I think what struck me the most when I actually started reading was the complexity and the assumptions. I'd actually started a book called The World Turned Upside Down: Radical Ideas During the English Revolution by Christopher Hill. But I couldn’t get very far in it- completely lost in the references. I ordered Hill’s book two years ago when I saw it mentioned in connection with revolutionary thinking-- material I thought could be incorporated into a game. When I actually tried to read it, I found it assumed so much previous knowledge I couldn't make it through. I'm a pretty involved reader and usually I can work through by context, making notes and using the great leveller of Wikipedia. However here too much came slinging at my head at once.

Cut forward to a few months back and a trip to the bookstore yielding a copy of God's Fury, England's Fire: A New History of the English Civil Wars by Michael Braddick. (Digression: how is this a mass-market paperback? This isn't the most readable volume; it's remarkably dense and yet Penguin had enough faith to push it...wouldn't have been my guess when I was in academic publishing...). In any case, God's Fury... ended up being an excellent resource. It focused on the social, economic, religious and political dimensions of the conflict. Battles and skirmishes ended up dealt with only as they had a significant impact on the course of things. What I picked up from that book, which I have to say was still a pretty heavy volume of serious history clocking in at 600 pages, allowed me to return to the Hill volume and work through that.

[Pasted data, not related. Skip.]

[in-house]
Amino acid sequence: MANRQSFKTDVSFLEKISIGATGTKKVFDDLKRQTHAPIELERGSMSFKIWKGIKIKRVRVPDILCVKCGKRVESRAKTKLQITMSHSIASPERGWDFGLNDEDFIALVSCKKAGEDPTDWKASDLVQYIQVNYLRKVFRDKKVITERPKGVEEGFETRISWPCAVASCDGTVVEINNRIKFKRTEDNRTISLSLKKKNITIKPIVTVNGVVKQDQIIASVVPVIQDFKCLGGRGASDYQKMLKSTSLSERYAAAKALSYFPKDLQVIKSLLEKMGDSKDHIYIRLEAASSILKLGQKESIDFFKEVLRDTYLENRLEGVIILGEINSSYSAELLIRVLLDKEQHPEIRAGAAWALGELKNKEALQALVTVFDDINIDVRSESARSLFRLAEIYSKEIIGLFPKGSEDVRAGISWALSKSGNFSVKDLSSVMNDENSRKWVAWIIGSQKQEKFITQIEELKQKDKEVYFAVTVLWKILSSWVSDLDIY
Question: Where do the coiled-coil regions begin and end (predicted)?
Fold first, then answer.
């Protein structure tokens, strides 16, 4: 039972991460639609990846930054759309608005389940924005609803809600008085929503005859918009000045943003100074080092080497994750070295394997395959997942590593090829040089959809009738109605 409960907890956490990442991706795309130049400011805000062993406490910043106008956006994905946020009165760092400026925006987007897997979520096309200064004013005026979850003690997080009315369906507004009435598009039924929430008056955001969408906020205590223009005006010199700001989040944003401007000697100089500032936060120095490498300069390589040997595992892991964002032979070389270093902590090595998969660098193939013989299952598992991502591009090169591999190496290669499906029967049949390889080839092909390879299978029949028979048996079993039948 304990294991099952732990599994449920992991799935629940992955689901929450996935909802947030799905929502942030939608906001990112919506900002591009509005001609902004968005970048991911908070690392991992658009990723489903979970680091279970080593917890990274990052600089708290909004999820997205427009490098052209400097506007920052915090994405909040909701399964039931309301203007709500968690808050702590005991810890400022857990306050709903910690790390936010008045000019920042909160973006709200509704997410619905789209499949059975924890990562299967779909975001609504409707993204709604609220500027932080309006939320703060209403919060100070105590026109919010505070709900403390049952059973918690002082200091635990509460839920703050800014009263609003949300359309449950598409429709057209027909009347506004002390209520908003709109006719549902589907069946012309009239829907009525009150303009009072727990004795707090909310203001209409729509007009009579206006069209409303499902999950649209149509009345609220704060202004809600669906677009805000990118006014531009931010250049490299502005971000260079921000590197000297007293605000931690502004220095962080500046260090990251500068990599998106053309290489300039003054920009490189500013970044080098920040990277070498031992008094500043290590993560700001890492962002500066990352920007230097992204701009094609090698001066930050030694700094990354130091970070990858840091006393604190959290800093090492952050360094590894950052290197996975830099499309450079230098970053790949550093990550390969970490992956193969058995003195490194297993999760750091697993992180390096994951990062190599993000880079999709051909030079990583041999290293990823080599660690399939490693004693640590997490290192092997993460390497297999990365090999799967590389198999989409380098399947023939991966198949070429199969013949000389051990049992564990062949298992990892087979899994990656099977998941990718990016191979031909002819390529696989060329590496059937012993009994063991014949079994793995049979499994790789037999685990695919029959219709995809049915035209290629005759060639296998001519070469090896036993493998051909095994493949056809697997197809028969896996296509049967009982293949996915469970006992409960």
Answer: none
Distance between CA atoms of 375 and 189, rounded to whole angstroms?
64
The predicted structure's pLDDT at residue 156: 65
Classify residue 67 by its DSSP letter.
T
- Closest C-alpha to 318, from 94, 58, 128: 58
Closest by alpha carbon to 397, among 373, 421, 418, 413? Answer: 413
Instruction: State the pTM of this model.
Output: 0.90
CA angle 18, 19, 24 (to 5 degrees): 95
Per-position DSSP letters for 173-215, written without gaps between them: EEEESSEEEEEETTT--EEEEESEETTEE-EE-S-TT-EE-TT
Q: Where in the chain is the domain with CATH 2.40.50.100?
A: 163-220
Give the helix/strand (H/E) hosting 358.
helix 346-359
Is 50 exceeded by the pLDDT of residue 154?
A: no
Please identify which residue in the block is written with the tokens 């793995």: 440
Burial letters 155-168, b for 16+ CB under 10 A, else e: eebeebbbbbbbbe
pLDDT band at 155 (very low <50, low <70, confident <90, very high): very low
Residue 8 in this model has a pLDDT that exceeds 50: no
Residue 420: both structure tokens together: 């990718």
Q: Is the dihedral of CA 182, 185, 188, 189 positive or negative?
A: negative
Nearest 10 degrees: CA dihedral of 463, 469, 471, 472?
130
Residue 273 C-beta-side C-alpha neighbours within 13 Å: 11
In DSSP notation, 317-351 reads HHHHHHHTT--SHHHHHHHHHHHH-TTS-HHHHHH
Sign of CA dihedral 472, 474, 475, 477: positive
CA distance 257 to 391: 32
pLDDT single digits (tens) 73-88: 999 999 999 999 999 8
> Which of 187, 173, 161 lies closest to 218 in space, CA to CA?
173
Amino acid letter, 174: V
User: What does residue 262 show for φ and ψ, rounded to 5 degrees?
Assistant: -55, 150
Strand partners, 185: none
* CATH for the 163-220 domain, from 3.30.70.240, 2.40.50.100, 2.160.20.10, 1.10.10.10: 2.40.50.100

That being said, I still found myself hitting things in Braddick's book that confused me. I gradually began to realize that these were issues, ideas and moments that your average native Englander would have pretty securely in their belt. I consider myself a pretty well-read history buff, but quite a bit of it took me some time to resolve or sent me scurrying to check on things not ever defined but simply assumed (like Lolladry, Mechanic preachers). I think that actually gave me a better sense of the importance of this period for English history-- so much taken for granted about the period and ideas as baseline knowledge. I imagine that's probably the same for the American Civil War...but I may be over or under estimating the state of history teaching.

Clockwork & Chivalry has all of those complex issues and factions in the book. I’m glad I read some secondary sources before I went to read that. And the authors don’t just stick with the details and add some fantasy elements. They’ve created a rich and plausible alternate reality. I was more than a little shocked that the King gets executed so cavalierly in their history. In the real world that process dragged out with many reverses. But they have a logic for doing that, and it sets the stage for the game world that follows. This isn’t a military rpg, but more of a game in which the players must navigate a dangerous wasteland- almost a social post-apocalyptic game, in my reading.

In short-if you like history games, take a look at my review and take a look at Clockwork & Chivalry.